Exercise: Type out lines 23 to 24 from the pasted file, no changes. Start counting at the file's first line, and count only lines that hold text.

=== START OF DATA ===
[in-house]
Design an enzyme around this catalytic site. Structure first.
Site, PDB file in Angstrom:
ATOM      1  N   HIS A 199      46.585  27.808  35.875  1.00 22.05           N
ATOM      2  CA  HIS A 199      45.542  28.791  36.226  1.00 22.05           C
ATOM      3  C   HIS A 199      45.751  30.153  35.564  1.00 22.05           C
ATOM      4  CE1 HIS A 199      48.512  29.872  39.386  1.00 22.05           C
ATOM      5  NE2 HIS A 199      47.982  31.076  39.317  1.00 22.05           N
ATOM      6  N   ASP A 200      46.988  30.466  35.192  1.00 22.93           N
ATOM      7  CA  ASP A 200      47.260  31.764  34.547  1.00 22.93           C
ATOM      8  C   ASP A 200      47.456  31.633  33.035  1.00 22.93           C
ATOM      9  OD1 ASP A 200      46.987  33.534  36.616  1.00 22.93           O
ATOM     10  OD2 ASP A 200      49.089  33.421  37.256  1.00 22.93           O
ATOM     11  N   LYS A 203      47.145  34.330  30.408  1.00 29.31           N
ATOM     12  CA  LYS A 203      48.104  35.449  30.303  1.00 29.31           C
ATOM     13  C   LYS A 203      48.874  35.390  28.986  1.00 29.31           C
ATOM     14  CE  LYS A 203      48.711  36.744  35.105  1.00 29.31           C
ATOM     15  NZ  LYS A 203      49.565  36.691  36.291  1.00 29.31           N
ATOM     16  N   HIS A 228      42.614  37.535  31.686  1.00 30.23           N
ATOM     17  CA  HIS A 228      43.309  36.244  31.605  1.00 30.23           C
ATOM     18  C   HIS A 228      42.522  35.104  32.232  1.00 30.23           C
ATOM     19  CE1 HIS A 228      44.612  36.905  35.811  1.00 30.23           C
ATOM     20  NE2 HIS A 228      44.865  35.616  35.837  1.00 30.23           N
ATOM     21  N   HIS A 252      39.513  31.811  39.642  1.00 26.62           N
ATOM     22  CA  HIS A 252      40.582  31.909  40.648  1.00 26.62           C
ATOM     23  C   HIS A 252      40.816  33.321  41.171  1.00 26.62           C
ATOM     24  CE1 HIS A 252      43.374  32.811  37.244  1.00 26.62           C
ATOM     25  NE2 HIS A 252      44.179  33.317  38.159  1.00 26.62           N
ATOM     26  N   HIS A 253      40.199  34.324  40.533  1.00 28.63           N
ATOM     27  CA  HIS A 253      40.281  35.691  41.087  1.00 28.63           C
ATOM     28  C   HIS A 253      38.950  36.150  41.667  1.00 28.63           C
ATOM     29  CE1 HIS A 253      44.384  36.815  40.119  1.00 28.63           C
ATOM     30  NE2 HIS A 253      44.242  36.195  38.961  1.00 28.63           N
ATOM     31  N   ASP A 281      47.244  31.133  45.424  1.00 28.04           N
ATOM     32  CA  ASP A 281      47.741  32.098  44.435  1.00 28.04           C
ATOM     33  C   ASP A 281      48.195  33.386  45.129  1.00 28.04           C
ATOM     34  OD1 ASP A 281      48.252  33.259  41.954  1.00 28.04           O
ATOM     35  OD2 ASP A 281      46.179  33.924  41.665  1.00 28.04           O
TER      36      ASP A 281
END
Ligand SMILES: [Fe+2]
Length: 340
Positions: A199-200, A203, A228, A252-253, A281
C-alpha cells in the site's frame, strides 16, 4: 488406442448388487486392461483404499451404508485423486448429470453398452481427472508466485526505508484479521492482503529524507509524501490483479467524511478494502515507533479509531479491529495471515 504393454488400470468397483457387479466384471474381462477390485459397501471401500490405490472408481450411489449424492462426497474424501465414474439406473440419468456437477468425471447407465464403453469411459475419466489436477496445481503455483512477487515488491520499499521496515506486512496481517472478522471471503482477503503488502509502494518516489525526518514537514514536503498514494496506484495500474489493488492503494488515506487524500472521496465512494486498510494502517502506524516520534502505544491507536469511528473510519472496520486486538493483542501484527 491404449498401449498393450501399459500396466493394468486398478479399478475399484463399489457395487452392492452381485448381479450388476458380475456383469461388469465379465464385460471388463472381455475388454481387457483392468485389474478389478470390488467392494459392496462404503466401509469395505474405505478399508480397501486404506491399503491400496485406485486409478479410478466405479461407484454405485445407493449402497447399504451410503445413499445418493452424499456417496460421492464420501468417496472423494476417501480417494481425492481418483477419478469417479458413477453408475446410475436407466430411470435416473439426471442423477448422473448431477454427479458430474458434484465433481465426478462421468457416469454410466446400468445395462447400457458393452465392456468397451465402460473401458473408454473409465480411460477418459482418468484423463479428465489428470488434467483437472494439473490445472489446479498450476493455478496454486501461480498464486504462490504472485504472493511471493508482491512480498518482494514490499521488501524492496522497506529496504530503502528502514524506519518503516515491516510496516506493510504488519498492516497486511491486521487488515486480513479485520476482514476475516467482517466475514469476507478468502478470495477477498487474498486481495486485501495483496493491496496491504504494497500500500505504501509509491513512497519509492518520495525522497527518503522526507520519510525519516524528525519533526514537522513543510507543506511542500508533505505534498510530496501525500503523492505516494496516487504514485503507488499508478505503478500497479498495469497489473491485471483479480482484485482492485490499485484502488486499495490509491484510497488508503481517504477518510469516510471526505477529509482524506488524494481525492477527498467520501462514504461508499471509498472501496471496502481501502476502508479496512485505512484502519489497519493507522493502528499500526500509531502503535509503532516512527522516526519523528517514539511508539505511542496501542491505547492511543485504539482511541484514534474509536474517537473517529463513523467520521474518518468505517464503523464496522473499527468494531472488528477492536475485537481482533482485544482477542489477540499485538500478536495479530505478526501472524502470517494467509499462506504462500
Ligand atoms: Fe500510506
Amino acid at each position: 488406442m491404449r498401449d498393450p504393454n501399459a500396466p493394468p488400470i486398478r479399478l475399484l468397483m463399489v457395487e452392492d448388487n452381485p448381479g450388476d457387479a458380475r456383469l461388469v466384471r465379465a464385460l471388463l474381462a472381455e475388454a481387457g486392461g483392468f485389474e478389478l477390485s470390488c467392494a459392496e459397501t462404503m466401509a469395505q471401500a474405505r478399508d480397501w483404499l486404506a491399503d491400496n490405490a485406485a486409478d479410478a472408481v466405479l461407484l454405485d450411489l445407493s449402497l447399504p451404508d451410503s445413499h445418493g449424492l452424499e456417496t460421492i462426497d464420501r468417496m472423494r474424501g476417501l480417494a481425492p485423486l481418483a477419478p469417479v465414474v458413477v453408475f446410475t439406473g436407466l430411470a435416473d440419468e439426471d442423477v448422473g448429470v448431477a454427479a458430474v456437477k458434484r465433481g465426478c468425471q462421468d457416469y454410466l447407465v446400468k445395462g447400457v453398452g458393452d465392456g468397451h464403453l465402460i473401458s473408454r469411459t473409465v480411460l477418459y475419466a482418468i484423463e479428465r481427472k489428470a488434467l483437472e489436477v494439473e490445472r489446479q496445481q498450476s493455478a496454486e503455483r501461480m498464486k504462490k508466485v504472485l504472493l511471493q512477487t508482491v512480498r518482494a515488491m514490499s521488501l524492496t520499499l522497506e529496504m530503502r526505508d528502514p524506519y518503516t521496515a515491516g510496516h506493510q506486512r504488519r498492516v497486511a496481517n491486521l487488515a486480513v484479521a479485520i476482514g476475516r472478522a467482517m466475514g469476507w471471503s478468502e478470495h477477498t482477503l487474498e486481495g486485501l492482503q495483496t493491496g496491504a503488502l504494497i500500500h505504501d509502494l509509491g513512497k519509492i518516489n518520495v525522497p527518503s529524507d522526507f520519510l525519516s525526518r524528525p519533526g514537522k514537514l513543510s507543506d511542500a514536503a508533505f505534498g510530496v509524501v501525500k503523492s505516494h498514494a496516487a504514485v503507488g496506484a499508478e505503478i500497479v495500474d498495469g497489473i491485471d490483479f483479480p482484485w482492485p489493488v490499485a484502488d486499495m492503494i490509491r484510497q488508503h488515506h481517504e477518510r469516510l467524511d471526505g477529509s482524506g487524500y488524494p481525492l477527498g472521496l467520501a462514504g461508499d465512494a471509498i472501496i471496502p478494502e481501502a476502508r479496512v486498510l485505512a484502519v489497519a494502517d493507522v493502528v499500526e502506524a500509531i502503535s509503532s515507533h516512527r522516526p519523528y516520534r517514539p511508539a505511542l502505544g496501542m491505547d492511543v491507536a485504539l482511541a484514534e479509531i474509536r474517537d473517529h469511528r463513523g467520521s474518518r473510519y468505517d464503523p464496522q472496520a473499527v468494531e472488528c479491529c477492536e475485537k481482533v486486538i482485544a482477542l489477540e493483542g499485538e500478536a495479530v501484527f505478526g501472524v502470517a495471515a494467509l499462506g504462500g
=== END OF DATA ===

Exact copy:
ATOM     20  NE2 HIS A 228      44.865  35.616  35.837  1.00 30.23           N
ATOM     21  N   HIS A 252      39.513  31.811  39.642  1.00 26.62           N